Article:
Expert commercial lease advice in Bournemouth, Poole, Christchurch, Ringwood and the New Forest

We have bright, modern and accessible offices in Christchurch and Ringwood, but our excellent IT systems allow us to work with clients from all across the country.

All new clients can have a free initial meeting with one of our bright experts. These can take place over a coffee at one of our offices, by phone or video conference. Call us on 01202 499 255 or fill in the get in touch form on this page to arrange yours. 


    FAQs - Transferring a Commercial Lease

    Are commercial leases transferrable?

    In most cases the lease is transferrable with the consent of the landlord. However, some leases contain an absolute bar on assignment or underletting so it is important to review the relevant provisions within the lease, which will also detail the requirements of the landlord on any assignment or underletting. In this case the landlord may still be prepared to give consent but is entitled to refuse it.

    Can I back out of a lease I just signed?

    You usually just can't back out of the lease, as it is a commitment for the entire term. If you are having difficulties, you should discuss this with your landlord to see if they are able to assist. If your lease has a break clause, you can exercise that or try one of the other alternative referred to above.

    Are there restrictions on transferring a lease?

    Almost every commercial lease contains restrictions on assigning, subletting or otherwise transferring the leased premises to another party and will detail any requirements for transferring the lease.

    Ben Cobb is a Solicitor in the Commercial Property team. He says â€Åâ€Åâ€Å“These restrictions are reasonable in concept from the perspective of the landlord, so as not to have tenants circumvent the landlord's control of the premises.”

    How do I attain the landlord's consent for lease transfer?

    Obtaining landlord’s consent may seem a simple matter but it can never be regarded as a mere formality.

    Ben warns â€Åâ€Åâ€Å“Failing to obtain the landlord’s consent when it is required can lead to severe financial penalties. Consent should always be recorded in a formal document to avoid arguments.”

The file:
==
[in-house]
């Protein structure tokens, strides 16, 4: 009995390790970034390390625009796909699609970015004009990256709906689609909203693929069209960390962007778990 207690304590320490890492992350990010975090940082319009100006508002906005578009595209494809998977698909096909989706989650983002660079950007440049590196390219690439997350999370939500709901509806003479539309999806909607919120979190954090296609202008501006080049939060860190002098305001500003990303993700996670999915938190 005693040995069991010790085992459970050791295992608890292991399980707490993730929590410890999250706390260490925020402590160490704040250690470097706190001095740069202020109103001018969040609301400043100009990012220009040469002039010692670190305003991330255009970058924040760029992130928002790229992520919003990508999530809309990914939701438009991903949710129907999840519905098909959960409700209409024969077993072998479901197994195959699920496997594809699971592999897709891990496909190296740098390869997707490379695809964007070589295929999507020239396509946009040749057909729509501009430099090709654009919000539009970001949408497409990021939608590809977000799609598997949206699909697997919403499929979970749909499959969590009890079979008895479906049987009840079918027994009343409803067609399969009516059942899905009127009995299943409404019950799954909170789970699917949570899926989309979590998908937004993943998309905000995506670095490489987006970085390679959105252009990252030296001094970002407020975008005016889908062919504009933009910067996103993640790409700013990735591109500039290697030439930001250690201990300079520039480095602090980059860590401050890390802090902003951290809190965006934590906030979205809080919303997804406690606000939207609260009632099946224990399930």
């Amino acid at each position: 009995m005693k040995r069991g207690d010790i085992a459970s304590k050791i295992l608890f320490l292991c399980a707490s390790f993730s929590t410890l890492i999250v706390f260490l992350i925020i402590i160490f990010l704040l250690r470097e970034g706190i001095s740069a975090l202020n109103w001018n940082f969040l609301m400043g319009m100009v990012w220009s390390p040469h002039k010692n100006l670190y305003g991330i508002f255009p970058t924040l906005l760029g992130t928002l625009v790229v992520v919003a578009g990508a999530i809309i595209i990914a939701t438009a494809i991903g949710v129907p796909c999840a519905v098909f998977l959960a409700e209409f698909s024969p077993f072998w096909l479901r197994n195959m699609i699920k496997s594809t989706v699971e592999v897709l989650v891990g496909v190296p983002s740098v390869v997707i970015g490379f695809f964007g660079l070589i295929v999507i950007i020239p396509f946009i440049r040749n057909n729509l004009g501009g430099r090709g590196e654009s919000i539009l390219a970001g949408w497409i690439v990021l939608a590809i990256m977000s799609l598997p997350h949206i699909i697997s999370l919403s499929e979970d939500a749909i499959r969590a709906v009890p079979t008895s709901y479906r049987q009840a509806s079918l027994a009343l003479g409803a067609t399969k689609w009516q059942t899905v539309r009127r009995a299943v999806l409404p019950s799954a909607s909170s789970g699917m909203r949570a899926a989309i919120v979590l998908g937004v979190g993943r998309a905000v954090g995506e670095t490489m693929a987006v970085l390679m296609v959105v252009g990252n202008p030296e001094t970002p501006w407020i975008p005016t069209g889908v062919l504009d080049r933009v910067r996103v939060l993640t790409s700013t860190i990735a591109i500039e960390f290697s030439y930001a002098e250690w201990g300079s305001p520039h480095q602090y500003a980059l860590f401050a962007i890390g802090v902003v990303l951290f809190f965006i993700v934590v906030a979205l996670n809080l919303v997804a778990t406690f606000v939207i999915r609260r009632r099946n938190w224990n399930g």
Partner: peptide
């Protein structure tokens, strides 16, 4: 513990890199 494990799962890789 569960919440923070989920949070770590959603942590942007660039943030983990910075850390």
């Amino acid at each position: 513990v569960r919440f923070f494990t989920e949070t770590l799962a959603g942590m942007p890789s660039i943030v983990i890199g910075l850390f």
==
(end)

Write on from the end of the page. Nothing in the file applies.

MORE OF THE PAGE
An application for consent to assign should usually be sent to the landlord or its agents.

    The tenant will be liable for the landlord’s costs whether or not the application is approved (although it may be possible to get the assignee to pay if the assignment is completed).

    The landlord is entitled to ask for further documentation or information regarding the potential tenant, in order to make a decision.

    Can a landlord refuse consent for commercial lease transfer?

    Most leases will say that the landlord cannot â€Åâ€Å“unreasonably” withhold consent, but in any case a proviso to the effect that consent is not to be unreasonably withheld will be implied by the Landlord and Tenant Act 1927.

    The Landlord and Tenant Act 1988 also states that a landlord owes a duty to the tenant to give consent except in a case where it is reasonable not to give consent. The landlord may give consent subject to conditions.

    The landlord is also under a duty to deal with an application within a reasonable time and must give the tenant written notice of his decision whether or not to give consent. If the consent is withheld the landlord must specify its reasons for withholding it.

    Ben says â€Åâ€Å“Of course, the tenant may not agree with the landlord’s reasons if consent is withheld. If the landlord cannot be persuaded to change its mind, it is possible to challenge the decision in the courts, but this can be difficult and expensive.”

    What is a break clause for a commercial property?

    A clause within the lease that enables you to bring your tenancy to an end before the expiry of the contractual term.

    What does a break clause look like?

    Every break clause is different and it is important that you read and understand your break clause carefully. The main types of break clauses are called rolling breaks and fixed-date break. A rolling break usually allows the lease to end at any time on giving a certain amount of notice. A fixed-date break will only permit a break on a set date, so it is particularly important that you get the service of notices correct with these type of break clauses.

    How do you activate a break clause?

    Again, every break clause is different. They will usually be quite prescriptive as to what must be included in the notice, who it must be served on, how it is to be served and if there are any conditions attached to the ability to break.